The exhibition WAR IS OVER – IF YOU WANT IT will showcase eight participatory works whose themes include loss, conflict, humanity and the desire for world peace.
This is the fourth year of the series, which according to Arts Minister George Souris has been ”good for the soul and the state economy” bringing 1 million visitors to Sydney so far.
Yoko Ono said “I am very excited and honoured to have my first solo exhibition in Sydney. It is an incredible new show I’ve developed just for you. There are many fantastic installations and participation works from different times. Think peace, act peace, spread peace Sydney.”
MCA Chief Curator Rachel Kent added: “The exhibition reaffirms Ono’s firm belief in the power of human agency – specifically, people’s ability to dream of and work towards a better future together.” It was only made possible after she made a trip to Sydney in December 2011 so that she could personally approve the space.
Making peace and love, not war was a philosophy of life they shared and wanted to influence the hearts and minds of their generation about.
An active member of the New York avant-garde art scene, during the second decade following the end of World War II, Yoko Ono had been born in Tokyo in 1933 before it had all started.
Early in her own career Yoko Ono created ‘instructions’, written texts that invited the viewer to participate in the creation of their meaning.
Lennon was one of those who climbed a ladder at the Indica Gallery in Lonon in 1966 to read a tiny piece of text she had left on the ceiling – the word ‘Yes”.
She made sculpture, drawings and music some of which was influenced by Zen Buddhism, explicitely pacifist.
Described by her husband as ‘the worlds most famous unknown artist, now in her eightieth year Ono is still considered an important ‘international thinker’, one whose ideas and thoughts are often found to be quite unexpected.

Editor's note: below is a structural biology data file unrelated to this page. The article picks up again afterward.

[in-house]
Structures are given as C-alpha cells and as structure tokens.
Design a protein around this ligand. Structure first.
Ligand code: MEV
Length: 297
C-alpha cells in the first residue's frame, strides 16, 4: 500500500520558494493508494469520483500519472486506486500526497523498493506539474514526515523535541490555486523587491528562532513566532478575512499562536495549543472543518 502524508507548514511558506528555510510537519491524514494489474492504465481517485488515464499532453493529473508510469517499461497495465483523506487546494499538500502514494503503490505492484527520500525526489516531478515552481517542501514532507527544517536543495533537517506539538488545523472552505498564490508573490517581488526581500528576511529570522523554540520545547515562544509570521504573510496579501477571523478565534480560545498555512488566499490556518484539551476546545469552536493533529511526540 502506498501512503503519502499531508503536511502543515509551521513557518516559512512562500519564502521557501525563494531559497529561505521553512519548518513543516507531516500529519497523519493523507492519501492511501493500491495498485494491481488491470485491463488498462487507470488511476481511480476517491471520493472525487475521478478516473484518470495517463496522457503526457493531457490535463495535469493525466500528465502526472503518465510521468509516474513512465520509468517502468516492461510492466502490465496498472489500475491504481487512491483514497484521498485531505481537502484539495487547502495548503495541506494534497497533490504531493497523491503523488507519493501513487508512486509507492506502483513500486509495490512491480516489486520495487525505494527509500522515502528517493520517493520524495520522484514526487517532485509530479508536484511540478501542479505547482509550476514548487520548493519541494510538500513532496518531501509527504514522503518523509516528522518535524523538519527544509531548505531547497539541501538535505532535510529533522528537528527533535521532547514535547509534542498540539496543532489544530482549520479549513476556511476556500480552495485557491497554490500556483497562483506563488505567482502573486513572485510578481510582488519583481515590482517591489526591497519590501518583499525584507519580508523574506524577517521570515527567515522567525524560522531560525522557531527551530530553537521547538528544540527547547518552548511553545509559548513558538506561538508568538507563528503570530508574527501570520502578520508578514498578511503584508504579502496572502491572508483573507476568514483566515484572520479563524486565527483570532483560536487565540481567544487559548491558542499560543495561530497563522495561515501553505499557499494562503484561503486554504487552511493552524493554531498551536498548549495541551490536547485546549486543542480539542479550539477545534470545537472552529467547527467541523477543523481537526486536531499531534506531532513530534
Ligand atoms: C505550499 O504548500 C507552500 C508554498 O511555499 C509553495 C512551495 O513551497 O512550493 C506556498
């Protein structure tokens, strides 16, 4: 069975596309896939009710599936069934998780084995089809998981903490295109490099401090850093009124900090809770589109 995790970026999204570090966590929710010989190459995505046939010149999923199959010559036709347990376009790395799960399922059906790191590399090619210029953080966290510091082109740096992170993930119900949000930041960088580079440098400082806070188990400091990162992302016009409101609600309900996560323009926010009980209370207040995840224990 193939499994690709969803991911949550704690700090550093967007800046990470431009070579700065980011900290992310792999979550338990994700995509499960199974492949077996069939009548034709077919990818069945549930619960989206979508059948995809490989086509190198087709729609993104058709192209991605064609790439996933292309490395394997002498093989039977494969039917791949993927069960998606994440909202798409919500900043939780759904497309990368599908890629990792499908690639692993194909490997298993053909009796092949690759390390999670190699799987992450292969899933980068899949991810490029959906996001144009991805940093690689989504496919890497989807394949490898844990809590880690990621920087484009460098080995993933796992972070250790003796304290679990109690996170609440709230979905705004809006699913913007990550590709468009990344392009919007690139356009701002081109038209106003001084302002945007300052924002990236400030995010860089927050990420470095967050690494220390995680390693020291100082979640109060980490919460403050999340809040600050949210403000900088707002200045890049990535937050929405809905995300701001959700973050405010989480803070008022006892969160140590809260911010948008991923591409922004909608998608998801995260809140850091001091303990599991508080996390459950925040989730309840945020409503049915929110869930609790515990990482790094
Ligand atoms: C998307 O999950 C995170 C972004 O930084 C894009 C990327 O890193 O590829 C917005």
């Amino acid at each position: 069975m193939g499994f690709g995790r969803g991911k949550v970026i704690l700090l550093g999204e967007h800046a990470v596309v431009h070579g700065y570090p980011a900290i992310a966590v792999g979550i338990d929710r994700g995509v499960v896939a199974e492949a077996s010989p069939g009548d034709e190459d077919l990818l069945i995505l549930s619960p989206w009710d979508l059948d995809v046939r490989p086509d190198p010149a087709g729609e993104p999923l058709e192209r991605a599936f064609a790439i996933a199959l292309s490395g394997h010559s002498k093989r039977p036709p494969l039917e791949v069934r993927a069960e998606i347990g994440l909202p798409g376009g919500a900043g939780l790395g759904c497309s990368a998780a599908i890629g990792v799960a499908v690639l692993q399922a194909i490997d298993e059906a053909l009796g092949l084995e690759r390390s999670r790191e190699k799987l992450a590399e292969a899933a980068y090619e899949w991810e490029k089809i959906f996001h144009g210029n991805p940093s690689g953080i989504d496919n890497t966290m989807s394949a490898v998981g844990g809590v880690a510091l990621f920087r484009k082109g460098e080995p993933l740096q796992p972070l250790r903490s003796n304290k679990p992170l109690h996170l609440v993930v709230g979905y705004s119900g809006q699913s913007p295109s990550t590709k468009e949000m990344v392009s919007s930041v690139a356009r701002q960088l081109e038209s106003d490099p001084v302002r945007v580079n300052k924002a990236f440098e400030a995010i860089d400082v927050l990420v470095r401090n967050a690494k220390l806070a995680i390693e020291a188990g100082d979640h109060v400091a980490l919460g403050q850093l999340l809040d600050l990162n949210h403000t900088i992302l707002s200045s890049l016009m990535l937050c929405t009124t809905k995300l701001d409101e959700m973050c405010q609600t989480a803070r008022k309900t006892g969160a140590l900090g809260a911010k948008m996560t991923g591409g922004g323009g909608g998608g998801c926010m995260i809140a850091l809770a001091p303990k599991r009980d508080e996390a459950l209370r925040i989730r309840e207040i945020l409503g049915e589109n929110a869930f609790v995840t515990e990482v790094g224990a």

Many of the works that will be on display are metaphoric, suggesting the ideas she wants others to embrace, have empathy with and evangelise, rather than spelling it out for them.
As well, she became heavily involved in pro-peace activities on a global scale, and together with Lennon, created numerous events that supported their ideas surrounding world peace and anti-war campaigning. Together they both became symbols and icons of the peace movement, with his songs adopted as anthems of the anti war movement until he was brutally murdered, shot in the back on 8th December 1980, a horrific act.
Ono was only 12 years of age when Hiroshima was bombed, a landmark compelling world event that ended the war in the Pacific and has since shaped much of her life’s journey.
After completing her schooling, she initially spent a year studying philosophy at Gakushuin University, Tokyo and then following her arrival in New York, Yoko Ono studied music, including opera and concert piano, and poetry at Sarah Lawrence College from 1953.
Her own art works subsequently became a blending of poetry, music, visual arts, film and performance art, because she wanted always to involve the viewer at a personal level in what she was endeavouring to achieve.
One event “Cut Piece” a performance art work she presented at Carnegie Hall in 1964 was considered by many to be indeed ‘shocking’, because she allowed members of the audience to cut her clothes to shreds.